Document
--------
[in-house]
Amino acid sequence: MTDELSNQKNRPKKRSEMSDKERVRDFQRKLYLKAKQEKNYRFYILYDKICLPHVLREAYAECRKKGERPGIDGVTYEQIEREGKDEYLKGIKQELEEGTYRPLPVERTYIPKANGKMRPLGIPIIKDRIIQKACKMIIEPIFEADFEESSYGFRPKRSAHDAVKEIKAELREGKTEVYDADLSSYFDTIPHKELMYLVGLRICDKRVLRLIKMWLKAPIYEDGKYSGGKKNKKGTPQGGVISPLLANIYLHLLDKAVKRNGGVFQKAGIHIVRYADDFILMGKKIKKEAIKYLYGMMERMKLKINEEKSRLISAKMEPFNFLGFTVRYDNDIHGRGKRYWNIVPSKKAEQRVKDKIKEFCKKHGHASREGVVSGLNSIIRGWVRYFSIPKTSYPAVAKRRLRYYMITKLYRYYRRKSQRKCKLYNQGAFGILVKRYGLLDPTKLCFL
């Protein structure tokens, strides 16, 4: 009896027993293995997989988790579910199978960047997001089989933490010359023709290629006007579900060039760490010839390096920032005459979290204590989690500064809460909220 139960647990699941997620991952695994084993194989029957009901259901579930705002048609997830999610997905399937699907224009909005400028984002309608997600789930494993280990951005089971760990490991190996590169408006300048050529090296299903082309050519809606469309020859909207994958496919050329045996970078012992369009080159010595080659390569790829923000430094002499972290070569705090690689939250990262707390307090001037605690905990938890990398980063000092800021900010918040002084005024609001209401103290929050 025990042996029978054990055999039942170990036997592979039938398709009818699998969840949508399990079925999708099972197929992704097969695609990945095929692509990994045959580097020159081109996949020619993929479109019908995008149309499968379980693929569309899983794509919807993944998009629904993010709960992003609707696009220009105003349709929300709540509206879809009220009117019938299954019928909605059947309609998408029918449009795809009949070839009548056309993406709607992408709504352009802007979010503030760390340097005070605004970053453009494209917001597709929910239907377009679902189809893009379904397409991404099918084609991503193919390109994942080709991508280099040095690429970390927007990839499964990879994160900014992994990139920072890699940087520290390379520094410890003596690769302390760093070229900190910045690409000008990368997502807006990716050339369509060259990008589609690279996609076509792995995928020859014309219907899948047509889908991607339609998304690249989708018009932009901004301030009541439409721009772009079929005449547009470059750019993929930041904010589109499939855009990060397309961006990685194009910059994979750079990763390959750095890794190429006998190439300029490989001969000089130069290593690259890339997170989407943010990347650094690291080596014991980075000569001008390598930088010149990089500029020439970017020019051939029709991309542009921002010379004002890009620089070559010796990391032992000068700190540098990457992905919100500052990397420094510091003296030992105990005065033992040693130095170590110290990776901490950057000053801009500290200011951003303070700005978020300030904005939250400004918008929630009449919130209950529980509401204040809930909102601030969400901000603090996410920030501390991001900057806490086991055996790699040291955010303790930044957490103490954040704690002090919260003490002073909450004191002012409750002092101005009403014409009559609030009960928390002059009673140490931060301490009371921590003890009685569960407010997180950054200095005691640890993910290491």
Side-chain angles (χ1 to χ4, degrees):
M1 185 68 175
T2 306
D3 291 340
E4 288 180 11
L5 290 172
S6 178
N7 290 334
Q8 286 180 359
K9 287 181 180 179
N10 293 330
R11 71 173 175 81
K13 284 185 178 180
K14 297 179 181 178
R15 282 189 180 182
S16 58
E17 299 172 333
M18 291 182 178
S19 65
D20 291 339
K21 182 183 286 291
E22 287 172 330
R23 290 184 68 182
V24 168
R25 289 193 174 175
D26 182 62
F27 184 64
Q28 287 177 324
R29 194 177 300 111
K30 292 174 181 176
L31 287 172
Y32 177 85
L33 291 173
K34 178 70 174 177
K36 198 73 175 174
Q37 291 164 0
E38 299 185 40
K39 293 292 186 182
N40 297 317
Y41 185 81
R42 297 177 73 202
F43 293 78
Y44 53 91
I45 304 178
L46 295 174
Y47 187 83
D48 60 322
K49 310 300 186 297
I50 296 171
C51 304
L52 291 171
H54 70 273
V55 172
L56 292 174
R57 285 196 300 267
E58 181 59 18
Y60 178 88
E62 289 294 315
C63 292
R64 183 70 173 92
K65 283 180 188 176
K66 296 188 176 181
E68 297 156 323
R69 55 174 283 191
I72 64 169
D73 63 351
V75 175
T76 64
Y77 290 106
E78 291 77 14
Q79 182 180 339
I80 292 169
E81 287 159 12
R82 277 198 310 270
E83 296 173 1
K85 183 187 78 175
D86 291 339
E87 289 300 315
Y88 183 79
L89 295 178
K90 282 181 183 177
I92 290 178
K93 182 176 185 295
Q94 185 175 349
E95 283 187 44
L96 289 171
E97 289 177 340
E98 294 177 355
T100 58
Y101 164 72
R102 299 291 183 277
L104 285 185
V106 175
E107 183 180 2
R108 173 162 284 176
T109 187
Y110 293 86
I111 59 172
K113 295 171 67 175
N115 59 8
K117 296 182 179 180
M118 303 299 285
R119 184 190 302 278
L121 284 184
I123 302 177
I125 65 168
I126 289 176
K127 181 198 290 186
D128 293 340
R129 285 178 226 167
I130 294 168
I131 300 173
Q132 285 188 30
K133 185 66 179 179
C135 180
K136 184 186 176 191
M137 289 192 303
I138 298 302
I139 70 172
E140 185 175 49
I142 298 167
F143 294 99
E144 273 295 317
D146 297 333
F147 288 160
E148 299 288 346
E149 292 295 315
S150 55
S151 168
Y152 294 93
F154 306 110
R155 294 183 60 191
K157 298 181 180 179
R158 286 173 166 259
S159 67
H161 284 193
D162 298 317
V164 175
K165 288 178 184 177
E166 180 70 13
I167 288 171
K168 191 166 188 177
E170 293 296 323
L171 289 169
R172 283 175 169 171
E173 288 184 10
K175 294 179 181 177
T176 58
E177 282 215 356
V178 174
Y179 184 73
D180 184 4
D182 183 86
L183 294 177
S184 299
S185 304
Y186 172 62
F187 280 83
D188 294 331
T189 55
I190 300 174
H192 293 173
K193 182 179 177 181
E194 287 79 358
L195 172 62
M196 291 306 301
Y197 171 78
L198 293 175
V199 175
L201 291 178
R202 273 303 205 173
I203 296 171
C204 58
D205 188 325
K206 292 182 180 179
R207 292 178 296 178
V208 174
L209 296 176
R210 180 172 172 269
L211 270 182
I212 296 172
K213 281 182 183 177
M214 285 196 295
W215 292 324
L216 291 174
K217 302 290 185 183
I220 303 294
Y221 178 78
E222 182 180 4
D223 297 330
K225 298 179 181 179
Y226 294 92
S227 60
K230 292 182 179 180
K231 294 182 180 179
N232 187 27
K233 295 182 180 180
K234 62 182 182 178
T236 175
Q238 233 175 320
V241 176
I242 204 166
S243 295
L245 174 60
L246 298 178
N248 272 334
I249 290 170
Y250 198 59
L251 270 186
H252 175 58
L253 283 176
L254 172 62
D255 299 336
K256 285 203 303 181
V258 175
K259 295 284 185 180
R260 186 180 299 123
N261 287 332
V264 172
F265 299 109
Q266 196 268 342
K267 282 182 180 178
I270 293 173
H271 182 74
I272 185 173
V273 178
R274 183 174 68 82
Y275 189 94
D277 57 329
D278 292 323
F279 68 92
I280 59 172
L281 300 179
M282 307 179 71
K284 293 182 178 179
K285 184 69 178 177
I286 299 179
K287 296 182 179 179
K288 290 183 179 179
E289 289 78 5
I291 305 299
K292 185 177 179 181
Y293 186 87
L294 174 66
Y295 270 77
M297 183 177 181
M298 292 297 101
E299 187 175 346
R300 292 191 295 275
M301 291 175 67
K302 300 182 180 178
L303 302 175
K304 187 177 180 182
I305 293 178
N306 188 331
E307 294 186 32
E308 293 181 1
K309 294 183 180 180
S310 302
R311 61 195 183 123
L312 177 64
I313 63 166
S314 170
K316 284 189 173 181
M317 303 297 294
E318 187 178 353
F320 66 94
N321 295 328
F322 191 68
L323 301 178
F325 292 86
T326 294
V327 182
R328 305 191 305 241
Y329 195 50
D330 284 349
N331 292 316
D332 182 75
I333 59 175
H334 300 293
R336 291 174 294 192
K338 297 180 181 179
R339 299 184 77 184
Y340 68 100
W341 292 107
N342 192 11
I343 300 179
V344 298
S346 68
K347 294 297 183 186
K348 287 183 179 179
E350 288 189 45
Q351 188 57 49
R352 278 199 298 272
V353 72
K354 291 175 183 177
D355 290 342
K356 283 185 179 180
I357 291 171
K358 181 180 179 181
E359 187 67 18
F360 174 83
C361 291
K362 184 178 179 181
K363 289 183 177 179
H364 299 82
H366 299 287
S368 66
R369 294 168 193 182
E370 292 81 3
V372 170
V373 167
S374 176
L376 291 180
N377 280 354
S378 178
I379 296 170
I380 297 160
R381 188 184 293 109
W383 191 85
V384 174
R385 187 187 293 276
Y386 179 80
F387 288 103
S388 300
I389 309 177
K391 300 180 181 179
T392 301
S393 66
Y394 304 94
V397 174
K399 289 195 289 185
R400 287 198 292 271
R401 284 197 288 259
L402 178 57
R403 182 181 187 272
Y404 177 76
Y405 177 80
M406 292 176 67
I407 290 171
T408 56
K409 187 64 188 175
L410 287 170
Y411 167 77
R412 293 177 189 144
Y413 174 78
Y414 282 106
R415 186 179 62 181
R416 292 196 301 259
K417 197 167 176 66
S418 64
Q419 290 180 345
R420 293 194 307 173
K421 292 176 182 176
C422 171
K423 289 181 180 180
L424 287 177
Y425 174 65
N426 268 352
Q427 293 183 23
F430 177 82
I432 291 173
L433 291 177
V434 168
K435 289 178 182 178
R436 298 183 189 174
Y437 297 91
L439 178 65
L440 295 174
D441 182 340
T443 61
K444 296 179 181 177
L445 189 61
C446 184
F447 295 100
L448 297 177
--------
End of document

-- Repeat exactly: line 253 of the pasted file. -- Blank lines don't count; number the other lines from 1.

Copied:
M301 291 175 67